It's impossible for me to discuss Mom and Dad without mentioning the overwhelming, pervasive atmosphere of Religion...Religion, like a Phoenix habood, with dust so fine it ignores closed windows and penetrates the hearts and minds of children. Religion seeped in. It penetrated every pore in our life. We were steeped in Religion...baptized in it, saved by it, going to Heaven because of it, alive due to it, and would never ever die if we just believed in it. Have "faith," they would say. It took me a while to realize that faith and hope are two entirely different things. 

I've never been able to reconcile, how, in spite of growing up in a home where nearly every waking minute revolved around the dance of Religiosity, an environment where children had no alternative but to accept, believe, and commit to total immersion, propaganda, and brainwashing, that I still loved, loved, loved my parents. Even as I grew old enough to see the "cracks" in their "foundation," the misdirection and misuse of energy, focus, time, and mindless devotion, I loved my Mom and Dad...in spite of the presumptive arrogance, that "we are right and they are wrong." I forgave them.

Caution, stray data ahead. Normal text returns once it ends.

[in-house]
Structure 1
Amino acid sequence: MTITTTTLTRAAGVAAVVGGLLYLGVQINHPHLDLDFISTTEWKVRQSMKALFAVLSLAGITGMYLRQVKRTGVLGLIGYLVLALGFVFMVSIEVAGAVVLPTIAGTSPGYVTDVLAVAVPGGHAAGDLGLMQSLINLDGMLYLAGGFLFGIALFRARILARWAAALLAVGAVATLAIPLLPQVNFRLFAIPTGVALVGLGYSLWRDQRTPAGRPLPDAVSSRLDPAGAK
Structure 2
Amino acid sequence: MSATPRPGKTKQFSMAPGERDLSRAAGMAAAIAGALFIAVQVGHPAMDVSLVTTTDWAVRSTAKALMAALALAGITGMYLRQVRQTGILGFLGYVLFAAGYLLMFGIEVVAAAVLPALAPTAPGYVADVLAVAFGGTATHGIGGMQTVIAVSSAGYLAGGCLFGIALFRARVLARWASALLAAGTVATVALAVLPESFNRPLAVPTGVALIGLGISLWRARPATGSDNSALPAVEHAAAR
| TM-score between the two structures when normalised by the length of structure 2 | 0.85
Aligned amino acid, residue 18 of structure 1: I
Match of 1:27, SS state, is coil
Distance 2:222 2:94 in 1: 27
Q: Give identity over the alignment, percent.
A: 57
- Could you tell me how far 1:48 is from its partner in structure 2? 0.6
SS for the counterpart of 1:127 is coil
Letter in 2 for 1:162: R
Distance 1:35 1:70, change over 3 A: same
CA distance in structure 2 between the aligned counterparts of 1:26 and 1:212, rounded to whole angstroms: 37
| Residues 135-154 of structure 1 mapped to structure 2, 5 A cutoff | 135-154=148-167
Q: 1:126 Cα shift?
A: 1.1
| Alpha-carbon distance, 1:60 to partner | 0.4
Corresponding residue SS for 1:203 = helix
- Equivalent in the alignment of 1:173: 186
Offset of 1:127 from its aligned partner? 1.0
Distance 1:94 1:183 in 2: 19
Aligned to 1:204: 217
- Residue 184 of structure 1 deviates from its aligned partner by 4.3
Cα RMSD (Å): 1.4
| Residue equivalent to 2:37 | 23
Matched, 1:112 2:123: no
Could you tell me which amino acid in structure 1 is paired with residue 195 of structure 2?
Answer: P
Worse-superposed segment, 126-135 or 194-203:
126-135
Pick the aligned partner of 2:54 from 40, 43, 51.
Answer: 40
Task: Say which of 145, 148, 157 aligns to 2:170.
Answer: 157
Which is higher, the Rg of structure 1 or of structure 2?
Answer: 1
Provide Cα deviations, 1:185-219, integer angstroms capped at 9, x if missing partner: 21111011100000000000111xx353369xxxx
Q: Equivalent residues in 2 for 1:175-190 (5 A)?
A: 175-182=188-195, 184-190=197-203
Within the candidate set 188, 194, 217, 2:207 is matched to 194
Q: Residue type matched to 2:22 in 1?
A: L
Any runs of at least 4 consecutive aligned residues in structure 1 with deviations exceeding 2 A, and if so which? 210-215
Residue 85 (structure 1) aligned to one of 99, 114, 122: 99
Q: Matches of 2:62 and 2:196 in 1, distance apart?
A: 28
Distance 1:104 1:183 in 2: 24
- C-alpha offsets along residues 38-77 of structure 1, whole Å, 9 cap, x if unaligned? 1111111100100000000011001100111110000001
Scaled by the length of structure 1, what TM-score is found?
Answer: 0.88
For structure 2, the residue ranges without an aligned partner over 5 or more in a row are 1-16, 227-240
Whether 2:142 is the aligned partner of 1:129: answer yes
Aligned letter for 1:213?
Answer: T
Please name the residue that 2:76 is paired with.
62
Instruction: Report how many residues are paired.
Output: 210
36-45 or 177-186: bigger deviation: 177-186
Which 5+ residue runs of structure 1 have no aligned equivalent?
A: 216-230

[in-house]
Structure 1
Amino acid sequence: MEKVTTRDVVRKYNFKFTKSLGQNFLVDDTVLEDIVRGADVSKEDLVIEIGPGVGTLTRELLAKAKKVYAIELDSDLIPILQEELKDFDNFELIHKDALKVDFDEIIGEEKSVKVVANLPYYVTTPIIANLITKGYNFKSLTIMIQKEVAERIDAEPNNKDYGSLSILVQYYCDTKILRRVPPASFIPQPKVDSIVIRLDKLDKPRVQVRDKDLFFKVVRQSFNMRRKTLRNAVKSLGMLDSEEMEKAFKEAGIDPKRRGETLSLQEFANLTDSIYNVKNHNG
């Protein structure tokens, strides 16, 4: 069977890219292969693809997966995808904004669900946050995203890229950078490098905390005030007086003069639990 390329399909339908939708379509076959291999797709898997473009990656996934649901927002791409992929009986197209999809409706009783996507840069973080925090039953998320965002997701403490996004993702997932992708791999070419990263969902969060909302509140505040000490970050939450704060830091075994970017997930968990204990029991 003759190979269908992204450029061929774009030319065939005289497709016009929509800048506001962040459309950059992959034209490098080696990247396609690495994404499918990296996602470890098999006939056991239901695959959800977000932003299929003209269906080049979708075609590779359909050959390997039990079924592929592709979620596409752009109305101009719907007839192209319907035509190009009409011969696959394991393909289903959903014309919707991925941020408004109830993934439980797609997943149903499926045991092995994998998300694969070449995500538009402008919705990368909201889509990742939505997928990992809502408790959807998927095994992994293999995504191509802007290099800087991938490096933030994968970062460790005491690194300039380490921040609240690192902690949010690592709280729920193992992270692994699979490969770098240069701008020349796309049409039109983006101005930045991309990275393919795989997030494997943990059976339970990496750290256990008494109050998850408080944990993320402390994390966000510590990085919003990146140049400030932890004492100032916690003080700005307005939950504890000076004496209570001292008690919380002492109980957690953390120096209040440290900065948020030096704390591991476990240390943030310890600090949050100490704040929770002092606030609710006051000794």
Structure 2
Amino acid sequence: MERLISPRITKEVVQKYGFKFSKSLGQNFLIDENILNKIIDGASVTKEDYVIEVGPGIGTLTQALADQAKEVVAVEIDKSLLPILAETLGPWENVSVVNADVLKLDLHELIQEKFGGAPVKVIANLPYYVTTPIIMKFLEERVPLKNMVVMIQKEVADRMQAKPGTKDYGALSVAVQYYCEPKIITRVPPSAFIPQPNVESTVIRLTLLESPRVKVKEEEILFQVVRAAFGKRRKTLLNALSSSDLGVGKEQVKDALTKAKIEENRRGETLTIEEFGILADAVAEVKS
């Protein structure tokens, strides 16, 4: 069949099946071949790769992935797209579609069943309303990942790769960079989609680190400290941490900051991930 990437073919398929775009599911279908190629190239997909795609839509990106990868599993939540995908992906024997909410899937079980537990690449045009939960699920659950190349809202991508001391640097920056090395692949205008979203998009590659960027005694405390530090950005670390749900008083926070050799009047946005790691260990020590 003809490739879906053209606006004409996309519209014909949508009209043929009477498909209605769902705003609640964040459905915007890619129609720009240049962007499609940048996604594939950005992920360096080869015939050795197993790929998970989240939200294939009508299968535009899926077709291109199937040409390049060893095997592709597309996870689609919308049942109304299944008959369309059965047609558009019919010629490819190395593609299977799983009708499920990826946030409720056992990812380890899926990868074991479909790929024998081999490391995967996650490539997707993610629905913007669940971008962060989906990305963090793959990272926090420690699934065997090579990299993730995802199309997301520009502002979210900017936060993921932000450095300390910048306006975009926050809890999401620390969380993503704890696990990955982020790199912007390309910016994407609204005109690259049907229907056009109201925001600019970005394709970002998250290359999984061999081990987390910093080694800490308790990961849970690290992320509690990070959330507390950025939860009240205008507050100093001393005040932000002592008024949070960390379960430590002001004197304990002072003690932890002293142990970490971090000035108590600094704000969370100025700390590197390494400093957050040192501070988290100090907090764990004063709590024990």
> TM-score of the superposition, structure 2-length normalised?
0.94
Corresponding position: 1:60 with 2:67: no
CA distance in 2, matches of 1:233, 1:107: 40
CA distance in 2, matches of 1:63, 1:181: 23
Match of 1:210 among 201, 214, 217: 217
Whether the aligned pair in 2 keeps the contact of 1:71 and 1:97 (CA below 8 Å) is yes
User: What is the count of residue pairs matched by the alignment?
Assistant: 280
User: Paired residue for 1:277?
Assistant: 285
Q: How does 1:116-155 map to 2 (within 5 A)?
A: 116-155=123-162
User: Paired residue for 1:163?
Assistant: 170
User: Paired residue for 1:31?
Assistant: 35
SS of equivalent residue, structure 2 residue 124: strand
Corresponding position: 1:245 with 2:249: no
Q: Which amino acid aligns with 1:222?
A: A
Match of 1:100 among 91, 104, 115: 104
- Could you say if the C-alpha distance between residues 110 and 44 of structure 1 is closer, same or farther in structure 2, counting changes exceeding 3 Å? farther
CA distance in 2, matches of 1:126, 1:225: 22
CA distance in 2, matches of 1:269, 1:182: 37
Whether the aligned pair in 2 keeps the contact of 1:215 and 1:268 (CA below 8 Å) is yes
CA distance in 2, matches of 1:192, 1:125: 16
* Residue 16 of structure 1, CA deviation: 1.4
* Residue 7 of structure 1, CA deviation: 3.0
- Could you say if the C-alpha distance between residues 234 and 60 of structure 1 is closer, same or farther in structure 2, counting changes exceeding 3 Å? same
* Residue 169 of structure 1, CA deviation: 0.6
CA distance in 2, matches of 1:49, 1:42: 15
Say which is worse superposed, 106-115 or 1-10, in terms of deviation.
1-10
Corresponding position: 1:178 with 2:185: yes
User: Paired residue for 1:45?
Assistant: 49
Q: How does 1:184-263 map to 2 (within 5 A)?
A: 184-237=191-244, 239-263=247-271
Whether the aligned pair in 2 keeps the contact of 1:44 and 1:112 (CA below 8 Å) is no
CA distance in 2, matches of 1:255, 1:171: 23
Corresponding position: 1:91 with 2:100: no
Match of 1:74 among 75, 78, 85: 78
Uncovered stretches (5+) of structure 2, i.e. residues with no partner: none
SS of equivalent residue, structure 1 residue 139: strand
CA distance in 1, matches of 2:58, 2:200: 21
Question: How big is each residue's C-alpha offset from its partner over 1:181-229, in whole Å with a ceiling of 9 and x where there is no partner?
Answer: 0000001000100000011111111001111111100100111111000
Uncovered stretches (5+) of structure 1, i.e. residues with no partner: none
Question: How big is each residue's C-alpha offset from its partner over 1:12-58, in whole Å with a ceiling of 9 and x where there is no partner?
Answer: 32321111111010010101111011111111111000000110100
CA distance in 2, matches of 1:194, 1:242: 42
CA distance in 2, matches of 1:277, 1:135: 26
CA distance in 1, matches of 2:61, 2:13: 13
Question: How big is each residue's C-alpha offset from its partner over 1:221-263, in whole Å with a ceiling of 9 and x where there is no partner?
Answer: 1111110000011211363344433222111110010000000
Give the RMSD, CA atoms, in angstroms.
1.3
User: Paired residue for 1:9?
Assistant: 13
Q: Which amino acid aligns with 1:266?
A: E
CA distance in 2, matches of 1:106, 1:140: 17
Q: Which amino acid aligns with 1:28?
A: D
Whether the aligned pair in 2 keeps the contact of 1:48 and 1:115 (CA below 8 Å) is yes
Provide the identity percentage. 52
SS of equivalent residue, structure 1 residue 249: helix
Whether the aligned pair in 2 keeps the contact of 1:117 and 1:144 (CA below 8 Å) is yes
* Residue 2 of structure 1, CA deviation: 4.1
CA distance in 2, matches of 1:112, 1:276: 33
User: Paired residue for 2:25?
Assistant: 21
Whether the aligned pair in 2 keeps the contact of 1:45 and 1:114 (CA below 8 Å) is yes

Funny how some things smolder. The older I get, the more I question, "Why?" Why did they choose such an extreme direction? I dump my confusion at the dinner table...as if purging poison that was eating a hole inside. Nothing could stem the "red tide." 

Separated by ten years, I look to Brother Dan for perspective, pepper him with questions for which there just aren't any good answers. "They meant well," was all I could say...trying to put a "bow" on them...for whatever weight or justification that might bring. I knew it was "Bull."  

Wars (killing) that evolve from differences in religious ideology are a horrendous waste of life, not to mention the ultimate irony...the maximum oxymoron. In a world that could use a "religion" that unites, all I see are divisive ones. People die over major world religion sub-sect interpretations of the Bible or Koran or whatever, while denominations split insignificant "hairs." If there is an apocalypse as predicted in Revelations, you can lay the blood and blame at the alter of Religious Differences.